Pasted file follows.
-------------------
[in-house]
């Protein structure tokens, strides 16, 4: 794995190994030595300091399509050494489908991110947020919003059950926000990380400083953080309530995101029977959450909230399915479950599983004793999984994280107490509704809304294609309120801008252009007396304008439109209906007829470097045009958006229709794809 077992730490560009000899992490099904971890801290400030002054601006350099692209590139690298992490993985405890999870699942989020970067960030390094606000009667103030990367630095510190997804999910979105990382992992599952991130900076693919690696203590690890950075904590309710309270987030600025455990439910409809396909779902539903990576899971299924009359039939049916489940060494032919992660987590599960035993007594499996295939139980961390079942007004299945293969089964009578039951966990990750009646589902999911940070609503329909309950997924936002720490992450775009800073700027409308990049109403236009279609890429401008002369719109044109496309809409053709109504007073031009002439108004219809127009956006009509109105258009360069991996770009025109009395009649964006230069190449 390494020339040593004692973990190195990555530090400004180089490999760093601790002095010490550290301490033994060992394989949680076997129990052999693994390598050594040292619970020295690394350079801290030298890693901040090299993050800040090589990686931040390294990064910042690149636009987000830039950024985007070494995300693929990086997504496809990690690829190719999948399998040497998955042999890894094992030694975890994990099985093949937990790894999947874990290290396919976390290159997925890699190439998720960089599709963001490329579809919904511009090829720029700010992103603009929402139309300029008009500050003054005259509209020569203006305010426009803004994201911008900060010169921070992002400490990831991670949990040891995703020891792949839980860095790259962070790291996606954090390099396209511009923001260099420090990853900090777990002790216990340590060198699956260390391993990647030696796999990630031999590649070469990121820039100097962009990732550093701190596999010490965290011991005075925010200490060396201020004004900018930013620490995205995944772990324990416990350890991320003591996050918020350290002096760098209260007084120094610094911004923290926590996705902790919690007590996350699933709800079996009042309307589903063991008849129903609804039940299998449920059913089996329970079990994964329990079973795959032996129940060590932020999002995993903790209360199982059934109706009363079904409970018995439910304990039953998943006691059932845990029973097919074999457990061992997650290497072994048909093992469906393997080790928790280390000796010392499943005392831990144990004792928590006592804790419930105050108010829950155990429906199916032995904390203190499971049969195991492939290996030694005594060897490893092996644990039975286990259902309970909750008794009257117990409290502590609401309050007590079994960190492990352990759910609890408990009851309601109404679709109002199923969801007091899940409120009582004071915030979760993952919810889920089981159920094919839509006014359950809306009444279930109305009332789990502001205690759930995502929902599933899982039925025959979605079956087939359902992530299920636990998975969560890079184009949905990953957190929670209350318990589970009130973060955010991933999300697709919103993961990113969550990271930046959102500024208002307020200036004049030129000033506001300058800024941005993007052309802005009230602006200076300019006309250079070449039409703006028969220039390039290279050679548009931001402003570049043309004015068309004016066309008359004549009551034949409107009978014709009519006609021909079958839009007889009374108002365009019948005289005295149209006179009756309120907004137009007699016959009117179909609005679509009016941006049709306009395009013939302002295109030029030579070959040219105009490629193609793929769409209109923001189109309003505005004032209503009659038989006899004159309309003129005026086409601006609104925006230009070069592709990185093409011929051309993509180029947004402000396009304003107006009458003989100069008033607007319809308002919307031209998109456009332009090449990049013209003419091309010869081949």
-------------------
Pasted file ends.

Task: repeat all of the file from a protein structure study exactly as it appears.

[in-house]
């Protein structure tokens, strides 16, 4: 794995190994030595300091399509050494489908991110947020919003059950926000990380400083953080309530995101029977959450909230399915479950599983004793999984994280107490509704809304294609309120801008252009007396304008439109209906007829470097045009958006229709794809 077992730490560009000899992490099904971890801290400030002054601006350099692209590139690298992490993985405890999870699942989020970067960030390094606000009667103030990367630095510190997804999910979105990382992992599952991130900076693919690696203590690890950075904590309710309270987030600025455990439910409809396909779902539903990576899971299924009359039939049916489940060494032919992660987590599960035993007594499996295939139980961390079942007004299945293969089964009578039951966990990750009646589902999911940070609503329909309950997924936002720490992450775009800073700027409308990049109403236009279609890429401008002369719109044109496309809409053709109504007073031009002439108004219809127009956006009509109105258009360069991996770009025109009395009649964006230069190449 390494020339040593004692973990190195990555530090400004180089490999760093601790002095010490550290301490033994060992394989949680076997129990052999693994390598050594040292619970020295690394350079801290030298890693901040090299993050800040090589990686931040390294990064910042690149636009987000830039950024985007070494995300693929990086997504496809990690690829190719999948399998040497998955042999890894094992030694975890994990099985093949937990790894999947874990290290396919976390290159997925890699190439998720960089599709963001490329579809919904511009090829720029700010992103603009929402139309300029008009500050003054005259509209020569203006305010426009803004994201911008900060010169921070992002400490990831991670949990040891995703020891792949839980860095790259962070790291996606954090390099396209511009923001260099420090990853900090777990002790216990340590060198699956260390391993990647030696796999990630031999590649070469990121820039100097962009990732550093701190596999010490965290011991005075925010200490060396201020004004900018930013620490995205995944772990324990416990350890991320003591996050918020350290002096760098209260007084120094610094911004923290926590996705902790919690007590996350699933709800079996009042309307589903063991008849129903609804039940299998449920059913089996329970079990994964329990079973795959032996129940060590932020999002995993903790209360199982059934109706009363079904409970018995439910304990039953998943006691059932845990029973097919074999457990061992997650290497072994048909093992469906393997080790928790280390000796010392499943005392831990144990004792928590006592804790419930105050108010829950155990429906199916032995904390203190499971049969195991492939290996030694005594060897490893092996644990039975286990259902309970909750008794009257117990409290502590609401309050007590079994960190492990352990759910609890408990009851309601109404679709109002199923969801007091899940409120009582004071915030979760993952919810889920089981159920094919839509006014359950809306009444279930109305009332789990502001205690759930995502929902599933899982039925025959979605079956087939359902992530299920636990998975969560890079184009949905990953957190929670209350318990589970009130973060955010991933999300697709919103993961990113969550990271930046959102500024208002307020200036004049030129000033506001300058800024941005993007052309802005009230602006200076300019006309250079070449039409703006028969220039390039290279050679548009931001402003570049043309004015068309004016066309008359004549009551034949409107009978014709009519006609021909079958839009007889009374108002365009019948005289005295149209006179009756309120907004137009007699016959009117179909609005679509009016941006049709306009395009013939302002295109030029030579070959040219105009490629193609793929769409209109923001189109309003505005004032209503009659038989006899004159309309003129005026086409601006609104925006230009070069592709990185093409011929051309993509180029947004402000396009304003107006009458003989100069008033607007319809308002919307031209998109456009332009090449990049013209003419091309010869081949």